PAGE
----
SNOTTY NOSE REZ KID [INTERVIEW]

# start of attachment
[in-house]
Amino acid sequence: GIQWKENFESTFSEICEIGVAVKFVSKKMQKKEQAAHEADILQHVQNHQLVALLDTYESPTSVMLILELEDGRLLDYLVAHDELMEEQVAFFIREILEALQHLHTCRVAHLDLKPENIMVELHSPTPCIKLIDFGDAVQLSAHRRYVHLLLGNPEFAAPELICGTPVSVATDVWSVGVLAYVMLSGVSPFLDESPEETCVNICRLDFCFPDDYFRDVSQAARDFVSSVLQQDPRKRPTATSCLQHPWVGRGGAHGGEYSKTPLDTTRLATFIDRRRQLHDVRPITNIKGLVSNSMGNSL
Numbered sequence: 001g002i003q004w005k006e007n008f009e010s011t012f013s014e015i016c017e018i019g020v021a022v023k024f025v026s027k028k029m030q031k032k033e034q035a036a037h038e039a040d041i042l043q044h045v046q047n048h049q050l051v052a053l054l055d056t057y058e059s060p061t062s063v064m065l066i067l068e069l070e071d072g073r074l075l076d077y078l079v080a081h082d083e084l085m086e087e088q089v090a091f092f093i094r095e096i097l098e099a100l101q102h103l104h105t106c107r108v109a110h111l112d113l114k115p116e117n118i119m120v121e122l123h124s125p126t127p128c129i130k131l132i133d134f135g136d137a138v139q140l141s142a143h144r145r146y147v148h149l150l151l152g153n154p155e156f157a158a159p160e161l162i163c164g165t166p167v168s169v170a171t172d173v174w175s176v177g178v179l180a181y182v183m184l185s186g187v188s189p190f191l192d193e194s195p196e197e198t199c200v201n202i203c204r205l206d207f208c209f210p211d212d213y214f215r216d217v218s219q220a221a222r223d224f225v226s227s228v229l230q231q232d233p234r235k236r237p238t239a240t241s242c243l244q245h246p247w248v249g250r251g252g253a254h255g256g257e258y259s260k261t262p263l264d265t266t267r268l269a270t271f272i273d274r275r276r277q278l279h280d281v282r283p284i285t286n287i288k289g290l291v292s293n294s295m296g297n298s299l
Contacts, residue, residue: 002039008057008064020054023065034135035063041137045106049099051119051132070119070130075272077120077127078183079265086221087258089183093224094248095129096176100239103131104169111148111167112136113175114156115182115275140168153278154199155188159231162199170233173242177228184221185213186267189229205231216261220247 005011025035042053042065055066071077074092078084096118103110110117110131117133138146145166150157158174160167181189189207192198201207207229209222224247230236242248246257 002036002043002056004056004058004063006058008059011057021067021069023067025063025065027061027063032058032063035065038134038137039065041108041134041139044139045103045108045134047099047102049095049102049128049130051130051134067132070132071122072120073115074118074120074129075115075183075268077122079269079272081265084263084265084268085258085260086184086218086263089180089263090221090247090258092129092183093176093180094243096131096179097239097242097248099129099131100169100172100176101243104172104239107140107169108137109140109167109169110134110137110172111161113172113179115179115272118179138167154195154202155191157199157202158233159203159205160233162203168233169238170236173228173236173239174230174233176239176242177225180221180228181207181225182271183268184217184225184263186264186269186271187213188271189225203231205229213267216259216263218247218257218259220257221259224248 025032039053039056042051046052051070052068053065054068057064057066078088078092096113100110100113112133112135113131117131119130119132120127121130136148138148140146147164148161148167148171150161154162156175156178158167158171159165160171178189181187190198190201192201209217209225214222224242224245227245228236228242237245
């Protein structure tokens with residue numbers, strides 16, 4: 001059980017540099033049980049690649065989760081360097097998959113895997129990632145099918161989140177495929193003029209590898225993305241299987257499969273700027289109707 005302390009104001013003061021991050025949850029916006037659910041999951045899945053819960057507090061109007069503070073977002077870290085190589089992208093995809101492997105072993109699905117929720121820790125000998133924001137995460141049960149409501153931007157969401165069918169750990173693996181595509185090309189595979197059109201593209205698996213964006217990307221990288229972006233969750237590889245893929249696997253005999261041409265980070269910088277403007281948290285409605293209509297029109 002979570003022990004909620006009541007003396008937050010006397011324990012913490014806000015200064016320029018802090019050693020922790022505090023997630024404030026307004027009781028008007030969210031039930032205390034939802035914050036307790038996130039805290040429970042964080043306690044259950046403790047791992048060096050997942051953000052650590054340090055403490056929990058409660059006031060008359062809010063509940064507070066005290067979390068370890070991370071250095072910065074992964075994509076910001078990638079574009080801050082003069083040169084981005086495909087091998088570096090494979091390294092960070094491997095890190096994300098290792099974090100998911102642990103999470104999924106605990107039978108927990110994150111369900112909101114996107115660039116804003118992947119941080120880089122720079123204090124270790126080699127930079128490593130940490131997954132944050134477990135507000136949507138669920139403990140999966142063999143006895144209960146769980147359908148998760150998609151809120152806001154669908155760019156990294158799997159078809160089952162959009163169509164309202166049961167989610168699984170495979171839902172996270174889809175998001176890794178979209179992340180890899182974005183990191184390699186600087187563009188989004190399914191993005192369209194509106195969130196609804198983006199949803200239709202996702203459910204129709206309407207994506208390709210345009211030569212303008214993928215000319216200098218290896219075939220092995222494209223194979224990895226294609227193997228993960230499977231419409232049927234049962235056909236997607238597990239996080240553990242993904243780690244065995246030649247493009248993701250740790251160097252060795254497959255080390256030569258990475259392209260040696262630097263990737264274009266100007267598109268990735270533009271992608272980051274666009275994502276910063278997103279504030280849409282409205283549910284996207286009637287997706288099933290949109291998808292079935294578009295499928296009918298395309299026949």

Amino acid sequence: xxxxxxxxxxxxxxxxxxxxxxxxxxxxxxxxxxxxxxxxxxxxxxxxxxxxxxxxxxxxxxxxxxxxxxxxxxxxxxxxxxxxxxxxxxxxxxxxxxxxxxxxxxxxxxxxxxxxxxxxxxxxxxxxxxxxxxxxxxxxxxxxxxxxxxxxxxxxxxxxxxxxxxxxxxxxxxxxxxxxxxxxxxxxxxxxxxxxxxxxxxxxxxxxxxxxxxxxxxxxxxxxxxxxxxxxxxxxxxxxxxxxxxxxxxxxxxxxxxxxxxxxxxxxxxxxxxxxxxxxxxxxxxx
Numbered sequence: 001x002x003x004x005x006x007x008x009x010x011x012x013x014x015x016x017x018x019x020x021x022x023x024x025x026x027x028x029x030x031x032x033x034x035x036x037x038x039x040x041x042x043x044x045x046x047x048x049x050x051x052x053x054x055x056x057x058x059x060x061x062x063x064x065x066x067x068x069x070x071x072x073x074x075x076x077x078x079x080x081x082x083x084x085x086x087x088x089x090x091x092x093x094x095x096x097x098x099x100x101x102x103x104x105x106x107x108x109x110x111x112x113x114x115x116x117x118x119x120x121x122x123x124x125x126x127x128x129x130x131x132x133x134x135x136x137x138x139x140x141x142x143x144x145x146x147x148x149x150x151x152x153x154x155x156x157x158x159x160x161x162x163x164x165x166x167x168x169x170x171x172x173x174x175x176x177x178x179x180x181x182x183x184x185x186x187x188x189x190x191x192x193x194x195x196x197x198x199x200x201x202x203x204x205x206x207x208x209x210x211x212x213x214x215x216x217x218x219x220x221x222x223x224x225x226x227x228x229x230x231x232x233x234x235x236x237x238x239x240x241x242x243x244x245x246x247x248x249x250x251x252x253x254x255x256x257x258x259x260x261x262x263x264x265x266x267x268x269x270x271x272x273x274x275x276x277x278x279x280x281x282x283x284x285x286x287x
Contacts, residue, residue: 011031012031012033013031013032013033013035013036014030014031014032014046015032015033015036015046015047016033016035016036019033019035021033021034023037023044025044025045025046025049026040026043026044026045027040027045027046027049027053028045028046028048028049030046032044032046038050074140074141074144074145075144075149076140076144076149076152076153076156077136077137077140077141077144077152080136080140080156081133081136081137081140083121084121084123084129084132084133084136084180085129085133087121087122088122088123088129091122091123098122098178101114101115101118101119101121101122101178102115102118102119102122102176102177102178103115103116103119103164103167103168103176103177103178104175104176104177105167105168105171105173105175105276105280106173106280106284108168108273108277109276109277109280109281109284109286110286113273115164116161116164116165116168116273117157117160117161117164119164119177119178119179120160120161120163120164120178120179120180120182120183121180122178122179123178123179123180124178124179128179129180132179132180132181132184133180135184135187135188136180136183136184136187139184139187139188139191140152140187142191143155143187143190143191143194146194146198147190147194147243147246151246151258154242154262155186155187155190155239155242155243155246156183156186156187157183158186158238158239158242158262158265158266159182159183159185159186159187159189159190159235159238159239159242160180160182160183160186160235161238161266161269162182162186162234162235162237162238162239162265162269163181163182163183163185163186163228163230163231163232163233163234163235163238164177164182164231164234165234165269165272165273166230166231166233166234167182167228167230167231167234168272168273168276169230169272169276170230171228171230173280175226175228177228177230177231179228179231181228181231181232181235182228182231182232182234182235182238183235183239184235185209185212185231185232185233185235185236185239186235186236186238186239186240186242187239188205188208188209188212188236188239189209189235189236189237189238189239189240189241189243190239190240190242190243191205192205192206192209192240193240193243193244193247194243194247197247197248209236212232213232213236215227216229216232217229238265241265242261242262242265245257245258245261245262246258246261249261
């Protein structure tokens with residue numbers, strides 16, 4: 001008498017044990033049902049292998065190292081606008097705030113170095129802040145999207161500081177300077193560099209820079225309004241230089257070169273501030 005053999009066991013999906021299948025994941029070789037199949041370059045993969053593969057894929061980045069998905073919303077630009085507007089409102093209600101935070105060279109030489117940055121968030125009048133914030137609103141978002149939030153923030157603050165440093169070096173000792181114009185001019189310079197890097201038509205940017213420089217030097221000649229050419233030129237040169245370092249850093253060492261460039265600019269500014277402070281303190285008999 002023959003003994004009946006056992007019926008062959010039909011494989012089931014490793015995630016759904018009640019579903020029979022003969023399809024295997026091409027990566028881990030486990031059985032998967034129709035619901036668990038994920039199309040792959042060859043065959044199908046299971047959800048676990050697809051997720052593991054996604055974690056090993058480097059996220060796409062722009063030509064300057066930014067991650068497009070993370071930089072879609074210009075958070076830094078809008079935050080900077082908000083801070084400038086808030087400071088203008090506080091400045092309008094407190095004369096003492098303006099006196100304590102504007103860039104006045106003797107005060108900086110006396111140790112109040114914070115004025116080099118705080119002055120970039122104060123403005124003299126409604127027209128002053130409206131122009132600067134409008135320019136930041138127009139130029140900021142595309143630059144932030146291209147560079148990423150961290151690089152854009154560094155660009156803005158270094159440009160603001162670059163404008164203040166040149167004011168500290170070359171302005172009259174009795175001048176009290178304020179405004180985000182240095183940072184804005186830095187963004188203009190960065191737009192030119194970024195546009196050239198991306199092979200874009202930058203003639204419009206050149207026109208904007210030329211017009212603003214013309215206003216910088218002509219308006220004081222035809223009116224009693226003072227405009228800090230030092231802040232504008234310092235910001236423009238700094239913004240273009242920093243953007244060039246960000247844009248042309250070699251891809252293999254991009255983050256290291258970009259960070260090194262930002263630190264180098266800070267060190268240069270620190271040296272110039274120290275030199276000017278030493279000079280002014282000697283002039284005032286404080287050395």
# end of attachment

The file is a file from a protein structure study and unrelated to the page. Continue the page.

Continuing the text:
A small Haisla First Nation reserve in Northwest BC is where Indigenous hip-hop duo Snotty Nose Rez Kids decided they had a voice that needed to be heard. Darren "Young D" Metz and Quinton "Yung Trybez" Nyce have gone from writing poetry in elementary school and recording on a cheap desktop mic in Kitamaat Village to making politically charged anthems and joining the 2018 short list of Polaris Music Prize nominees. Snotty Nose Rez Kids' success has come from nothing more than hard work and remaining true to themselves. Their sophomore release, The Average Savage, caught the ear of the hundreds of critics, radio hosts and music industry icons that comprise the Polaris Music Prize jury, who were impressed by their strong message of pride, integrity and honouring land and self. "We make music for Indigenous youth, to make them feel proud of who they are and where they come from," Yung Trybez tells Exclaim! It's a crucial message for a segregated community that is often put in a place to feel less than. With a lingering and uncomfortable racism often being projected from bordering Kitamaat Village towns, some feel their music is "anti-white." Young D disagrees. "We say no, our music is pro-Indigenous, but some people have different opinions of us." Both artists are self-proclaimed storytellers and are certain they have more to offer the world and their community than just working a regular 9 to 5 job, which in an industrial town like Kitamaat, is what their prospects look like. SNRK were aware early on that The Average Savage was special, and an important part of their movement — they charmingly refer to it as their "little precious" — but were surprised to be recognized on the Polaris short list. "We never thought that this album would be this special for other people. We knew it was special, but never expected the short list," Young D explains. "[That] also goes to show that hard work pays off." Almost exactly one year after the release of The Average Savage, they will be performing at the Polaris gala, "a very surreal feeling." SNRK are activists by nature: warriors for their land, water and the territory that have sustained their families for generations. Connecting art with political views on their most recent video for "The Warriors," they say they are "just putting their voice on a movement that's already been there" while fighting against Kinder Morgan and the expansion of the Western Canadian oil pipeline. "I connect land and identity as one. Being a warrior to me means standing up for something that can't stand up for itself," Yung Trybez explains. "Being a warrior to me in this day and age means is keeping our land pure and keeping true to yourself and your spirit." Although they've never met the Canadian Prime Minister, who is responsible for purchasing the Trans Mountain Pipeline with plans to expand through BC, Trybez says he "seems like a real dick," but if he had the opportunity to speak with Justin Trudeau he would ask "Why he's lying to himself and the [Canadian] people?" Young D adds, "I'd also ask him about the Haida Gwaii tattoo on his right arm and what it means to him now." Snotty Nose Rez Kids' upcoming album, Rez Bangers & KoolaPops, is set to drop at the end of October, and sees the duo showing off an alternate side from the land-protecting warriors fans are used to. "This one is more of an album where we can have fun with who we are," Trybez explains. "We're just showing our pride and having fun with it." Yung D adds, "It's the other side of our personality, not so serious. Completely different from The Average Savage. This one is just us being us and were having fun with it." Snotty Nose Rez Kids also try to draw parallels with people who aren't from the Rez by adding features from artists with different cultural backgrounds. Rez Bangers & KoolaPops enlists features from Toronto crew the Sorority, Vancouver artist Brevner and Indo-Canadian duo Cartel Madras out of Calgary to show that "we are all relatable" says Young D. Although this album will be unlike anything they've released to date, one thing Trybez describes will remain the same: "Rez Bangers & KoolaPops comes from the heart, comes from who we are, and comes from and for the Rez."